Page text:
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Citizens United v. We the People

Two years after the U.S. Supreme Court’s ruling in Citizens United v. Federal Election Commission opened the floodgates to unlimited corporate spending in our elections, the fast-growing movement to fight back with a 28th Amendment to the Constitution is taking shape. With a “Super PAC” frenzy inundating the 2012 presidential campaign, feeding the public’s widespread revulsion at what the Court has wrought, the time to act is upon us. Public Citizen’s Robert Weissman in the Washington Post:

Activists join Maryland legislators and U.S. Representatives, as well as Public Citizen's Mark Hays and other allies, to call for a constitutional amendment at the State House in Annapolis.

“We’re already at a point where the public overwhelmingly opposes the decision ,” said Robert Weissman, president of Public Citizen, a watchdog group helping to spearhead the efforts. “The goal is to build a grass-roots movement that will eventually be able to shape the debate.”

Public Citizen’s Democracy is For People campaign, as a founding member of the United for the People coalition, is proud to be in the thick of this amazing “movement moment.”

Building on more than 50 cities and towns that have passed resolutions demanding a constitutional amendment that overturns Citizens United and stems the influence of money over elected officials, Public Citizen and our allies have been organizing in four different states vying to have their legislatures follow suit (and in the process declare that they’re ready to ratify an amendment). Rallies supporting those resolutions were held in Massachusetts and Maryland over the last 2 days (with Congressmen Chris Van Hollen and John Sarbanes attending in Maryland). Vermont and California will follow suit tomorrow and Saturday.

And to mark Saturday’s anniversary itself, activists around the nation will “Occupy the Corporations,” and expose the corporate imposters posing as ‘people’ with the constitutional right to buy unprecedented influence over elected officials and public policy. We’ll be focusing on some of the mega-corporations most empowered by Citizens United and most responsible for greedy, disastrously short-sighted policies, to the detriment of the rest of us.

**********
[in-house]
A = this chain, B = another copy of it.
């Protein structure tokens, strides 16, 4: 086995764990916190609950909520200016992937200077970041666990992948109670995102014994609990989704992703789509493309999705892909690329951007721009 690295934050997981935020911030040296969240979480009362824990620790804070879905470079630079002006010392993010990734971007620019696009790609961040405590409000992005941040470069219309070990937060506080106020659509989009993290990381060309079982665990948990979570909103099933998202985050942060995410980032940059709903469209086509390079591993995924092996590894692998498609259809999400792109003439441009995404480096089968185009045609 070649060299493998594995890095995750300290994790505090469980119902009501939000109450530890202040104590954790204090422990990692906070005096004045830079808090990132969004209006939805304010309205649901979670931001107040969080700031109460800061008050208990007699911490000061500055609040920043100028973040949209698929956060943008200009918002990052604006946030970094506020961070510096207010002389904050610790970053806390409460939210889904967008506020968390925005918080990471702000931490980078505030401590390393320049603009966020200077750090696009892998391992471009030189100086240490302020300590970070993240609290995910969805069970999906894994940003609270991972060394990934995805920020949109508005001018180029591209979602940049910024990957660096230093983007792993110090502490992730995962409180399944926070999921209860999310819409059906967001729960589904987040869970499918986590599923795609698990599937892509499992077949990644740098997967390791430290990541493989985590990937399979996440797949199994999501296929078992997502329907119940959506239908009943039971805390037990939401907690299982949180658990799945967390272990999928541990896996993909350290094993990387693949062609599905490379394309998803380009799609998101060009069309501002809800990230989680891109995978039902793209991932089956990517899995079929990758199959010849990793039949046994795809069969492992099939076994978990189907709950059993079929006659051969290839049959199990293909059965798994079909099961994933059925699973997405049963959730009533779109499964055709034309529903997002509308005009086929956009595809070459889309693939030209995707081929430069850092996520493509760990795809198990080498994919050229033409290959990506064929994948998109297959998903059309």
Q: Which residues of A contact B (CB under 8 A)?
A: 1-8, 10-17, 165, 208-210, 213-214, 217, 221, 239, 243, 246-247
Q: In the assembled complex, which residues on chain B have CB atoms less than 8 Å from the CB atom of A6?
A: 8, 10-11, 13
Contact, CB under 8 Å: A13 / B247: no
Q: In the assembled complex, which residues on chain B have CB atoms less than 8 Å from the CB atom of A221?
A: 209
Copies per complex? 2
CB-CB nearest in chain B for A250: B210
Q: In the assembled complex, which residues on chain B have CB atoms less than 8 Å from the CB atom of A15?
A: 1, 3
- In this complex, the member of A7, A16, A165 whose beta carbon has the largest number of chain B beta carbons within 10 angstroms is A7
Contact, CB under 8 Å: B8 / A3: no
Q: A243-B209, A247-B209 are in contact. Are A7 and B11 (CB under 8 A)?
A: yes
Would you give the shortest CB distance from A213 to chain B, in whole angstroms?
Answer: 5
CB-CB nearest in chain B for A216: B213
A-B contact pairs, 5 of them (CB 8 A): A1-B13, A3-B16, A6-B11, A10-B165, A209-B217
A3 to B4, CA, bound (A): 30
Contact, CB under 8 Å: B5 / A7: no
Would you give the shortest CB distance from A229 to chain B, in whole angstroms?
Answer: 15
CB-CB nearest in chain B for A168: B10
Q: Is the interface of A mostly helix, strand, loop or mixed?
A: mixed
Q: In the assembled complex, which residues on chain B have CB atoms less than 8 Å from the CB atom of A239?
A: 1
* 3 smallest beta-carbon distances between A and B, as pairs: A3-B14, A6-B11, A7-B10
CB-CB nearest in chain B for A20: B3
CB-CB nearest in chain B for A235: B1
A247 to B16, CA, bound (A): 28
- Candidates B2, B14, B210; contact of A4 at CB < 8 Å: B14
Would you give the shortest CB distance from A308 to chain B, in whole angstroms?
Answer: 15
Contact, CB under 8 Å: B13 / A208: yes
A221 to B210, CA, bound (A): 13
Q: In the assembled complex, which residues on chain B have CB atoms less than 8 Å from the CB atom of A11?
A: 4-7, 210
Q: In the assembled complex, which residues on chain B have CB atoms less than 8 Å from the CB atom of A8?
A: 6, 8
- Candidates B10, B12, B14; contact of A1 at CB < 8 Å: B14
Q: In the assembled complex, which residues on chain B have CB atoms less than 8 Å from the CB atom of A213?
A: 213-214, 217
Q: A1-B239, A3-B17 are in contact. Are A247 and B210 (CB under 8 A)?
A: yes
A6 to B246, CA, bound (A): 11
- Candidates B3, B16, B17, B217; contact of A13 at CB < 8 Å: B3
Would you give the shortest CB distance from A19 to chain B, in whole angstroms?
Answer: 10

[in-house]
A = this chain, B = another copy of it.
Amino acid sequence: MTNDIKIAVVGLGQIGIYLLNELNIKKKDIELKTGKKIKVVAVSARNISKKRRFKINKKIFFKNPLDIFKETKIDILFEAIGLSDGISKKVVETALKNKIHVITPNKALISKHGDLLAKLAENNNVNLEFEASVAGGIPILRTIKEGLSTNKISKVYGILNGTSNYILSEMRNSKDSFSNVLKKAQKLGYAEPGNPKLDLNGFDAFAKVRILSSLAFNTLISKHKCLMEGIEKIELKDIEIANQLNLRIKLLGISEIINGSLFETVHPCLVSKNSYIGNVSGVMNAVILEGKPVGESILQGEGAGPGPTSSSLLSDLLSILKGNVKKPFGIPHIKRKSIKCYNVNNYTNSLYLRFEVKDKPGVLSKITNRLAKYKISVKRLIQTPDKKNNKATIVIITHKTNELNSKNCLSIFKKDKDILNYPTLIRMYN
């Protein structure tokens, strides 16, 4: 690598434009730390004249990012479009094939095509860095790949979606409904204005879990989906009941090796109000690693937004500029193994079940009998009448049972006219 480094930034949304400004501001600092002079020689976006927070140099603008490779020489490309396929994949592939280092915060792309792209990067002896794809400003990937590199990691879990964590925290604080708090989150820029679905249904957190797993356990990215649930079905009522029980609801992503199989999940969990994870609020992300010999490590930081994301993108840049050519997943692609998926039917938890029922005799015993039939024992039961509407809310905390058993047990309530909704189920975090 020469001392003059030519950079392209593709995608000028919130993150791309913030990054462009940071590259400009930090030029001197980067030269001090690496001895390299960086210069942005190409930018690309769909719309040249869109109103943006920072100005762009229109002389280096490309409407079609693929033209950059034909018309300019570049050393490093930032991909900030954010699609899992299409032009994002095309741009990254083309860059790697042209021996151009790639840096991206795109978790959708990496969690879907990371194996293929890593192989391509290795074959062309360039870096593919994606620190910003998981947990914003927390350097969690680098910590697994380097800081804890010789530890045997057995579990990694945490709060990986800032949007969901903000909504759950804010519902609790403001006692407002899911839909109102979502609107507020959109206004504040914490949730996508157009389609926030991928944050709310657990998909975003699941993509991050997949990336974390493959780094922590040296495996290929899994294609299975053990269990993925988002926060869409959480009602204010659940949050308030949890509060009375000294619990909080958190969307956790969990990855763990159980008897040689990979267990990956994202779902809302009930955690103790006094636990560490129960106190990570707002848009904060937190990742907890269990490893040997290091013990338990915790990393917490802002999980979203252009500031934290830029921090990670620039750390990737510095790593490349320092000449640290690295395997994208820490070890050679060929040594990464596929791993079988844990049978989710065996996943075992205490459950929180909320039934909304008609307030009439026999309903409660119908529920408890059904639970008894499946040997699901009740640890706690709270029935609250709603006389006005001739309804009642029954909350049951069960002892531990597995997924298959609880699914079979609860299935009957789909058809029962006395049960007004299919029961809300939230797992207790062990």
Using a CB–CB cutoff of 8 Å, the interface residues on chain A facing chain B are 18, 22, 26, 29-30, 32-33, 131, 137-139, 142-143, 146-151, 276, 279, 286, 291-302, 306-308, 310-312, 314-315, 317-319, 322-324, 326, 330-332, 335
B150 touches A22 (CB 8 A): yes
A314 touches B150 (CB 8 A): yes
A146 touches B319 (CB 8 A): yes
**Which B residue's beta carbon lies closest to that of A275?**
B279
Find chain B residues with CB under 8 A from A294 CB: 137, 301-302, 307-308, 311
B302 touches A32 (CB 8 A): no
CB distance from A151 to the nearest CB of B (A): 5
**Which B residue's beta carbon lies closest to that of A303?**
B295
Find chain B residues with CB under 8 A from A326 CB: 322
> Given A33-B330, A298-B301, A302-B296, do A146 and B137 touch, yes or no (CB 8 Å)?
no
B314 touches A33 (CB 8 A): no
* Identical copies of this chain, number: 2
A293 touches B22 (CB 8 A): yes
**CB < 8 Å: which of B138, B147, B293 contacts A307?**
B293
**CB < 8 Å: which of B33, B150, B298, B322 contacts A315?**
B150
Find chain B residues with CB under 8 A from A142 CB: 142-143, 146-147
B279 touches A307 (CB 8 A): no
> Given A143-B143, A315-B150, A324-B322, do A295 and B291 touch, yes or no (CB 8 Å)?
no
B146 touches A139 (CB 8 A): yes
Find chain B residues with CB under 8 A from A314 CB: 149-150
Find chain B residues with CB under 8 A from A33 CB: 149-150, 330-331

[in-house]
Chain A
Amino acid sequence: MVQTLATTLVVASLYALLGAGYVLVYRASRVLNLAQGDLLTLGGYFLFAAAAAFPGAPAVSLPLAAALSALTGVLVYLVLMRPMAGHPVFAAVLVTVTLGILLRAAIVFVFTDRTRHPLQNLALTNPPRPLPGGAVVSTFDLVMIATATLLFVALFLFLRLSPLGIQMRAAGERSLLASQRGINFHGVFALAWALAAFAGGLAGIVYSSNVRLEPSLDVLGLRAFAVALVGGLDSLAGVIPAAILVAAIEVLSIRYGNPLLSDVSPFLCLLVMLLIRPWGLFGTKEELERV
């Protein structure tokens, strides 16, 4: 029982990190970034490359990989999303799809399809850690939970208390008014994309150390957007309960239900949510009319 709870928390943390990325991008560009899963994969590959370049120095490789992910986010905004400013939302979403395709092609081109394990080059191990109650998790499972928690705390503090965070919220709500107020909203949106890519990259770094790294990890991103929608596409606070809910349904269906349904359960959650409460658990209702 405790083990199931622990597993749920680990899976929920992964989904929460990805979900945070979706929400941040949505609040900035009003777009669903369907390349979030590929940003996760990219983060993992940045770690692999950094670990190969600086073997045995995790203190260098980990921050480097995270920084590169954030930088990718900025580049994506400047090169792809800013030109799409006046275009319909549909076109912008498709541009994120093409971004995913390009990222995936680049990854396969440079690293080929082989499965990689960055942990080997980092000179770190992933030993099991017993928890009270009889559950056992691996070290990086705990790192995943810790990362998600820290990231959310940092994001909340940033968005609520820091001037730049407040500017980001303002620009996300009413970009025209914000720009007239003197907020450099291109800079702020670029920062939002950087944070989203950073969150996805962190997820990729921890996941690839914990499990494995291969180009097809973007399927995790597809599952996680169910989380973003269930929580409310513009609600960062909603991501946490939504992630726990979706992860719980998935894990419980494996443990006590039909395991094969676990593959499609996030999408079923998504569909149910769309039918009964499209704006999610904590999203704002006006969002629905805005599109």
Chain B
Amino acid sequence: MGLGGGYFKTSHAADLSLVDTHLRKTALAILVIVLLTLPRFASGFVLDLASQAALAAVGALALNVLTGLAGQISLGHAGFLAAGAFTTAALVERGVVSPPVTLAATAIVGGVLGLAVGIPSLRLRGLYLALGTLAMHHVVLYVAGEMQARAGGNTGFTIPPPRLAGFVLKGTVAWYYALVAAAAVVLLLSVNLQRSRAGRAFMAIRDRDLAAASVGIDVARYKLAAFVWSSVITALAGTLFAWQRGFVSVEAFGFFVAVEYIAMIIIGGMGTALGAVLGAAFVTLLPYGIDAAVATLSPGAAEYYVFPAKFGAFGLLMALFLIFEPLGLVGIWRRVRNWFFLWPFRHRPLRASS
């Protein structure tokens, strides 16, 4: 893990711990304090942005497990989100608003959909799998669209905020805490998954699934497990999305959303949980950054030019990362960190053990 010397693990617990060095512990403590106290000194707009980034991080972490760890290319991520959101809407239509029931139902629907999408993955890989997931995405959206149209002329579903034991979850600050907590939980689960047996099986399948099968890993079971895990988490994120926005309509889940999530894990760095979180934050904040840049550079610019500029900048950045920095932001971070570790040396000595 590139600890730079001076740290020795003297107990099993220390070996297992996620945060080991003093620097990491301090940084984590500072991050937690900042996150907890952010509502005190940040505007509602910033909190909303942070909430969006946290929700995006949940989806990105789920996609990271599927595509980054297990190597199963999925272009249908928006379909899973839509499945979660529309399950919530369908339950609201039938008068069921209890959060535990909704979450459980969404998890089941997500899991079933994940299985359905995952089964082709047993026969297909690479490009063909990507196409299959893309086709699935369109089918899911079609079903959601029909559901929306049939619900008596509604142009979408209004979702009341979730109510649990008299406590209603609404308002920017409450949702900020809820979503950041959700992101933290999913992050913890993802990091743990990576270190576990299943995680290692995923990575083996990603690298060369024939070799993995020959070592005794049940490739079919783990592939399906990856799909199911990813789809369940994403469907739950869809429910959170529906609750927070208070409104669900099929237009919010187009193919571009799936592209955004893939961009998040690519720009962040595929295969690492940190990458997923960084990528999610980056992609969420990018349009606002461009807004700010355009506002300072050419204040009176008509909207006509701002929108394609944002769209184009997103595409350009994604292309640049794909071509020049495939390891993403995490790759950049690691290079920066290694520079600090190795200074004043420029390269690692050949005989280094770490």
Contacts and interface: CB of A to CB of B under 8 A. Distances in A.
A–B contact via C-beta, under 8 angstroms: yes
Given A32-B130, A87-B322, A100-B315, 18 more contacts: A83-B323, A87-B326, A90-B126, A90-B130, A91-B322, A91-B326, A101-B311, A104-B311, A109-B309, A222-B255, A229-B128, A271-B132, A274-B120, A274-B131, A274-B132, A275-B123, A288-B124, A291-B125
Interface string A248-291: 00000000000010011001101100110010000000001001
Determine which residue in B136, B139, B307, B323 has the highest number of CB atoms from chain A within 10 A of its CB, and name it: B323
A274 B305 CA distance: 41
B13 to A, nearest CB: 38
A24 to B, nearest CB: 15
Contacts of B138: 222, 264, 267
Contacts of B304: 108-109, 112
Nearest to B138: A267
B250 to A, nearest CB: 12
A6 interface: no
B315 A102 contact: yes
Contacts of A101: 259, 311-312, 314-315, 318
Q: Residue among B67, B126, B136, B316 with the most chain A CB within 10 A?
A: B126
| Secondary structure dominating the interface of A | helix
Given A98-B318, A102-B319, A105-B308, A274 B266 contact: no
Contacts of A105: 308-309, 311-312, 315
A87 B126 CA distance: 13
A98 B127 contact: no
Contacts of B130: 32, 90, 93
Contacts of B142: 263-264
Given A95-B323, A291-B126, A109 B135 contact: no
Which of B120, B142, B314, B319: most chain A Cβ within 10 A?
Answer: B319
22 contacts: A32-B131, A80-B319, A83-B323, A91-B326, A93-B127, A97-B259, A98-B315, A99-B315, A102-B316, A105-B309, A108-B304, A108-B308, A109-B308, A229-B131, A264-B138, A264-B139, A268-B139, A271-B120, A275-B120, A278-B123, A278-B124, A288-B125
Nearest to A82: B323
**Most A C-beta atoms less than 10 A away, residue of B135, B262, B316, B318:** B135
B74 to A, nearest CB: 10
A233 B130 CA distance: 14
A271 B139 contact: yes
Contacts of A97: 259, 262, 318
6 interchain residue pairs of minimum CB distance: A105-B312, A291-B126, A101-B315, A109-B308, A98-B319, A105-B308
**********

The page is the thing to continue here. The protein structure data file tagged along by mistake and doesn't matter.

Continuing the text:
Indeed, new polling shows that small-business owners view the impact of Citizens United (and of the dominant role of money in our politics) as bad for business by a 7 to 1 margin! And Public Citizen is part of a broad coalition of top institutional investors, CEOs, public officials, legal experts and good government groups that is petitioning the Securities & Exchange Commission to mandate transparency in political spending by publicly-traded corporations. (Listen to the coalition’s conference call for more on how the current “Wild West” atmosphere for campaign finance negatively impacts business, and how the kind of disclosure that the Supreme Court incorrectly presumed to exist can at least help mitigate the damage done by Citizens United in the short term.)

Fittingly enough, the anniversary of Citizens United falls on the exact same day as South Carolina’s presidential primary. The ruling that paved the way for the ongoing deluge of money and negative ads that state– like Iowa and New Hampshire before it– is seeing right now has not been lost on disgusted citizen activists around the country, nor on newspaper editorial boards or fellow fans of Comedy Central’s Stephen Colbert.

Yet pure anger at the drowning out of grassroots democracy isn’t all that’s driving the 300-plus grassroots actions taking place this week, nor the over 60 national, state and local organizations mobilizing for them.  As Democracy is for People organizer Aquene Freechild relayed at the press conference introducing Vermont’s proposed resolution, the amazing people we’ve met through organizing are often driven by a simple principle: “We do not want a nation organized around greed. We want a nation [and a politics] organized around democratic principles, and strength of character.”

And as Maryland State Senator and constitutional law professor Jamie Raskin, the author of that state’s legislative resolution calling for an amendment, told The Nation‘s editorial board, “American citizens have repeatedly amended the Constitution to defend democracy when the Supreme Court acts in collusion with democracy’s enemies, whether they are slavemasters, states imposing poll taxes on voters or the opponents of woman suffrage.”

The road to a constitutional amendment won’t be easy, and established conventional wisdom says that our efforts have the deck stacked against them. But we’re in this one for the long haul, because as Americans throughout the nation are declaring this week, people-powered democracy is a cause well worth fighting for.

Sean Siperstein is a Legal Fellow with Public Citizen’s Democracy is For People campaign.